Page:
UNC profs: Af-Am courses exceeded norm
Posted August 7, 2012
Chapel Hill, N.C. — In May, an internal investigation at The University of North Carolina at Chapel Hill revealed unauthorized grades, forged signatures and other irregularities in 54 courses in the Department of African and Afro-American Studies.
The probe started in September 2011 following published reports that claimed plagiarism and other discrepancies on a course paper written by former Tar Heels football player Michael McAdoo. The paper, submitted to professor Julius Nyang’oro, was revealed to be largely reproduced from other sources. Archive: UNC investigation
Of the 54 courses in question from the start of the summer session in 2007 to the end of the summer session in 2011, Nyang’oro taught 43, and many of the students enrolled were athletes.
Athletes enrolled in independent study
The UNC internal report, however, only covered lecture courses. WRAL News looked at data about independent study courses offered by the department and found additional red flags – lots of athletes with the potential for earning twice the credit offered by other departments for similar work.
An independent study is defined as a class in which a student is doing in-depth work outside of the classroom with supervision from a faculty member. UNC's review did mention a problem with how independent studies were tracked in the African and Afro-American Studies Department, but it didn't go in-depth about those issues.
In the first summer session of 2010, six students were registered for an independent study course in the department. All were members of the UNC football or men's basketball team. In the second session, an independent study of 11 students had eight football or men's basketball players.
WRAL identified nine courses over four years where enrollment seemed out of the ordinary:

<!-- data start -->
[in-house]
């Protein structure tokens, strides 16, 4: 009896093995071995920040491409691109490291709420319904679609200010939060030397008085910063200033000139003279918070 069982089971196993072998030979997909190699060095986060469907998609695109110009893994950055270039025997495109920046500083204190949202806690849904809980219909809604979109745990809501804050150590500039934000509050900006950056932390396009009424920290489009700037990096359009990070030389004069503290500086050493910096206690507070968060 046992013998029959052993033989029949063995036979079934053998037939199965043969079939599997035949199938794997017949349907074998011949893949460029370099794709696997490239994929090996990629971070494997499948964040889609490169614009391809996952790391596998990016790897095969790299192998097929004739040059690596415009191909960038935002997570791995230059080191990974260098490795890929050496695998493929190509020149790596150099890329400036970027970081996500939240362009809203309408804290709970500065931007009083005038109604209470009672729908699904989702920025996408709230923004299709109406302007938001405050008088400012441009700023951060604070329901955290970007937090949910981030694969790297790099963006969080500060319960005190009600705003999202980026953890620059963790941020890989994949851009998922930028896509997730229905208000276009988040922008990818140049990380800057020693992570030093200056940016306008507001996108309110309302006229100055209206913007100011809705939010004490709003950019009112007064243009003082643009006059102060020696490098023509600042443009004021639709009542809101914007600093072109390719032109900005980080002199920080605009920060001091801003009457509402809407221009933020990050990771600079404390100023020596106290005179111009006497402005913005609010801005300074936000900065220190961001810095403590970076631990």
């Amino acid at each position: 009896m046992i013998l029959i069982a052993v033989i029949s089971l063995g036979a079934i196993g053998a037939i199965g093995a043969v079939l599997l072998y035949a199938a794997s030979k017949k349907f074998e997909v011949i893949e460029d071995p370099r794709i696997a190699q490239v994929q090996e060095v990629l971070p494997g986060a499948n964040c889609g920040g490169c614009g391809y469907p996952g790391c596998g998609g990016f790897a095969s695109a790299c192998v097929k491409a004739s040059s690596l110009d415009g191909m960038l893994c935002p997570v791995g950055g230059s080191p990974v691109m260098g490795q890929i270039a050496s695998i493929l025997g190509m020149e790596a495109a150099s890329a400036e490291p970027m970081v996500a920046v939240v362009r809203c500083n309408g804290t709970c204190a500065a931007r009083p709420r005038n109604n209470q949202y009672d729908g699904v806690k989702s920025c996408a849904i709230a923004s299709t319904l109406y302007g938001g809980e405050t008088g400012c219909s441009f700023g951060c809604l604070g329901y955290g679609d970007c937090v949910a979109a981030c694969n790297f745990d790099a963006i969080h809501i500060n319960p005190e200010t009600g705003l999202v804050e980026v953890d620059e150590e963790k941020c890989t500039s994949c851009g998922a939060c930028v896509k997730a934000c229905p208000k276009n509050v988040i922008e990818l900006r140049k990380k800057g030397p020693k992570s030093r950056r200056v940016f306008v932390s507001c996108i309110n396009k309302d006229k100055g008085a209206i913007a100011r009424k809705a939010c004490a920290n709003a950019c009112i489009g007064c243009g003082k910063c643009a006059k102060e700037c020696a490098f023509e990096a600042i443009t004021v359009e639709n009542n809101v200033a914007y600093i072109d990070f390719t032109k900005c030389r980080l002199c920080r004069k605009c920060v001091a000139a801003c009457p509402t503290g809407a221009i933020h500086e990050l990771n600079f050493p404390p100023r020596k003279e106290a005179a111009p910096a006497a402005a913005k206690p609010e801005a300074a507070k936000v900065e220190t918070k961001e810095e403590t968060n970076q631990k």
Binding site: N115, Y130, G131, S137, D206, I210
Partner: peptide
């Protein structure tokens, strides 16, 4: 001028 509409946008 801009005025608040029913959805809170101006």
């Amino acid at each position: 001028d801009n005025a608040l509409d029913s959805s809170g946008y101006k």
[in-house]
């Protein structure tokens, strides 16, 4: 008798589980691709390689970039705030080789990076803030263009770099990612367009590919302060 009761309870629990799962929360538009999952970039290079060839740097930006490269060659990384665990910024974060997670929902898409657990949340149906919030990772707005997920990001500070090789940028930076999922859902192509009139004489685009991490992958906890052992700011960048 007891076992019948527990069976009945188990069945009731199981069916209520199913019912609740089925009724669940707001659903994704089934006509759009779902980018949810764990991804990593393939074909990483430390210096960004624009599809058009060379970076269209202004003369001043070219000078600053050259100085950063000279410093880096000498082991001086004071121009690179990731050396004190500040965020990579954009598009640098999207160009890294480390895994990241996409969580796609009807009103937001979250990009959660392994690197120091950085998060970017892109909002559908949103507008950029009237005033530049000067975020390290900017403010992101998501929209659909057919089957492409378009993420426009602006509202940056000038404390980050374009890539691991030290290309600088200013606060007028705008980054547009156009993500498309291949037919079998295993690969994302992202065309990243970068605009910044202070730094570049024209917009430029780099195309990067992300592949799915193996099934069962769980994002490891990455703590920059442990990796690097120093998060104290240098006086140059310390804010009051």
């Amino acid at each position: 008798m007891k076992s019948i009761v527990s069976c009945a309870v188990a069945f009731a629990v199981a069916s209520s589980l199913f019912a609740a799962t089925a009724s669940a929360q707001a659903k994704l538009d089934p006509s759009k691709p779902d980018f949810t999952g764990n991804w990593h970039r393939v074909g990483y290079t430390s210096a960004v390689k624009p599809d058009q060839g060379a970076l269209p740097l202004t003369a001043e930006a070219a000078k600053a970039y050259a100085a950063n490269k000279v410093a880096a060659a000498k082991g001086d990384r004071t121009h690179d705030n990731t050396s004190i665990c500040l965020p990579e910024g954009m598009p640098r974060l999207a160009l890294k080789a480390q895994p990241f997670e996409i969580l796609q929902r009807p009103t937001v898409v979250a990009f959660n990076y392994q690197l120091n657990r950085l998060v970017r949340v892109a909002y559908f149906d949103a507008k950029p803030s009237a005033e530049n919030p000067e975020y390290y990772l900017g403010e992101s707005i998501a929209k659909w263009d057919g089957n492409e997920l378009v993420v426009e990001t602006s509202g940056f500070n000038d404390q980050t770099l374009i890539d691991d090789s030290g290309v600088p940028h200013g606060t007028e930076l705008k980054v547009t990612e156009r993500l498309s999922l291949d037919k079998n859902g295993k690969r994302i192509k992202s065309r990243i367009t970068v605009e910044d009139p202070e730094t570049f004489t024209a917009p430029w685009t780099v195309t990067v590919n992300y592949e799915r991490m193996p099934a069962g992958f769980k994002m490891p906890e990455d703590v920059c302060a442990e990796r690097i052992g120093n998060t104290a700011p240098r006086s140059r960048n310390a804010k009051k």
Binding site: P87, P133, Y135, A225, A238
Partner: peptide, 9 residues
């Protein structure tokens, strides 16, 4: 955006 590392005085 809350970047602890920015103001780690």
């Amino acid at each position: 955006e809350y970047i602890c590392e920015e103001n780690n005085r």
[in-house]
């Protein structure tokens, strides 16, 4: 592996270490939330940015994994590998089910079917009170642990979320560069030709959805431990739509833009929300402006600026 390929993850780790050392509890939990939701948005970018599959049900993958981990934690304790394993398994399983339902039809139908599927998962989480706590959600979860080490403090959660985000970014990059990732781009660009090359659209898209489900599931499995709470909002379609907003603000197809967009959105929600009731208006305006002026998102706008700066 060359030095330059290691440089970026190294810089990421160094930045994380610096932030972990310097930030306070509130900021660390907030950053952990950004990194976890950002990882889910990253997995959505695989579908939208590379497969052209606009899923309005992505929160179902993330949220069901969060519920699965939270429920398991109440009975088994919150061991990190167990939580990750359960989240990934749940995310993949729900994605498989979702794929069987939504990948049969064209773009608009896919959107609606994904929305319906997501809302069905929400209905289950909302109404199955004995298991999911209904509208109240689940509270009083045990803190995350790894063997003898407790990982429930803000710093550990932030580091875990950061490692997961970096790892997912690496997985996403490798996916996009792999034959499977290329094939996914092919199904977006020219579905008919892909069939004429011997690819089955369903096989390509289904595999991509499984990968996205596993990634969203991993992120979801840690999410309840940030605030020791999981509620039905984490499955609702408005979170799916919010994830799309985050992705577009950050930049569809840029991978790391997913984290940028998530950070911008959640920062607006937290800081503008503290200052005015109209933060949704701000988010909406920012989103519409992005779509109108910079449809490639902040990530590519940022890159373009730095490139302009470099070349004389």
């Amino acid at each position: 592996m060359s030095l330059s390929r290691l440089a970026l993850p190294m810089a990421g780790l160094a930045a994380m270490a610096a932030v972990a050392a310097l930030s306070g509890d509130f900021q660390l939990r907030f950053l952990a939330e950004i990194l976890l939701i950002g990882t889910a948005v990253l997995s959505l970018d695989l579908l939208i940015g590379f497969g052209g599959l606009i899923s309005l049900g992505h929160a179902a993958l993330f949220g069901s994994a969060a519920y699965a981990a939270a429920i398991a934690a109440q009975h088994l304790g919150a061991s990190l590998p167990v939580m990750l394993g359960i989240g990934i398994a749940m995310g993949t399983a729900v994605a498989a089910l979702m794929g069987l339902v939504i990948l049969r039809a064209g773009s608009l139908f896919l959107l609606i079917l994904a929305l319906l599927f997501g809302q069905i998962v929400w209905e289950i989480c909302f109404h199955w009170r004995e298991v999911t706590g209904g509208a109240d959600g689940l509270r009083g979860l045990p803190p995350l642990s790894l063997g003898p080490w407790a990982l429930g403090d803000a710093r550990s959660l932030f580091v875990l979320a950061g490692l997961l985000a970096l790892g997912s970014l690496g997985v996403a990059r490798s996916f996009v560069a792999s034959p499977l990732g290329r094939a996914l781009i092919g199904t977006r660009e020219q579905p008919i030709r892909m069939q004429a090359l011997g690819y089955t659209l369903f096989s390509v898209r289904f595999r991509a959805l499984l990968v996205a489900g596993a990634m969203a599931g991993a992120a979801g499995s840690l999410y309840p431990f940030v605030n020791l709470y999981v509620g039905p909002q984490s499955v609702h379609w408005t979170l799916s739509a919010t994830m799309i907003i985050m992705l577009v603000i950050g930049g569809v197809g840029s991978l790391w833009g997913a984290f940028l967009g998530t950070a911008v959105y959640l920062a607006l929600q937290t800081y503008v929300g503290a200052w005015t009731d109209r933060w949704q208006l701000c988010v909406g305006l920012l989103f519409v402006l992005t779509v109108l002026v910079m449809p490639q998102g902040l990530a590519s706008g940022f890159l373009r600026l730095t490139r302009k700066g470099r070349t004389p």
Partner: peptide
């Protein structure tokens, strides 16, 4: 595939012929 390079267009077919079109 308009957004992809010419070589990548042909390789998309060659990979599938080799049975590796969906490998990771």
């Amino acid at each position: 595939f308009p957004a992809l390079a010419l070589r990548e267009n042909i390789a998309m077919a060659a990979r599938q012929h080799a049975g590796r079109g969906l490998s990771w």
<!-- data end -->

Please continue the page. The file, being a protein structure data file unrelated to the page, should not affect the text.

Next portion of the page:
- AFAM 396 Summer 2nd session 2007: 7 total students enrolled; 0 current or former football and/or men’s basketball players
- AFRI 396 Summer 2nd session 2007: 16 total students enrolled, 8 current or former football and/or men’s basketball players
- AFAM 396 Summer 1st session 2008: 4 total students enrolled; 1 current or former football and/or men’s basketball players
- AFRI 396 Summer 2nd session 2008: 13 total students enrolled; 2 current or former football and/or men’s basketball players
- AFRI 396 Fall 2008: 9 total students enrolled; 4 current or former football and/or men’s basketball players
- AFAM 396 Summer 1st session 2009: 2 total students enrolled; 0 current or former football and/or men’s basketball players
- AFRI 396 Summer 1st session 2009: 4 total students enrolled; 3 current or former football and/or men’s basketball players
- AFAM 396 Summer 1st session 2010: 6 total students enrolled; 6 current or former football and/or men’s basketball players
- AFRI 396 Summer 2nd session 2010: 11 total students enrolled; 8 current or former football and/or men’s basketball players
Lloyd Kramer, chairman of the UNC History Department, said the number of enrollees alone would be cause for concern. "That would be very unusual in our department. That would raise red flags," he said.
"Typically, there would be one or, at most, two students doing an independent course with a faculty member. At least in our department that's the usual course arrangement," Kramer said.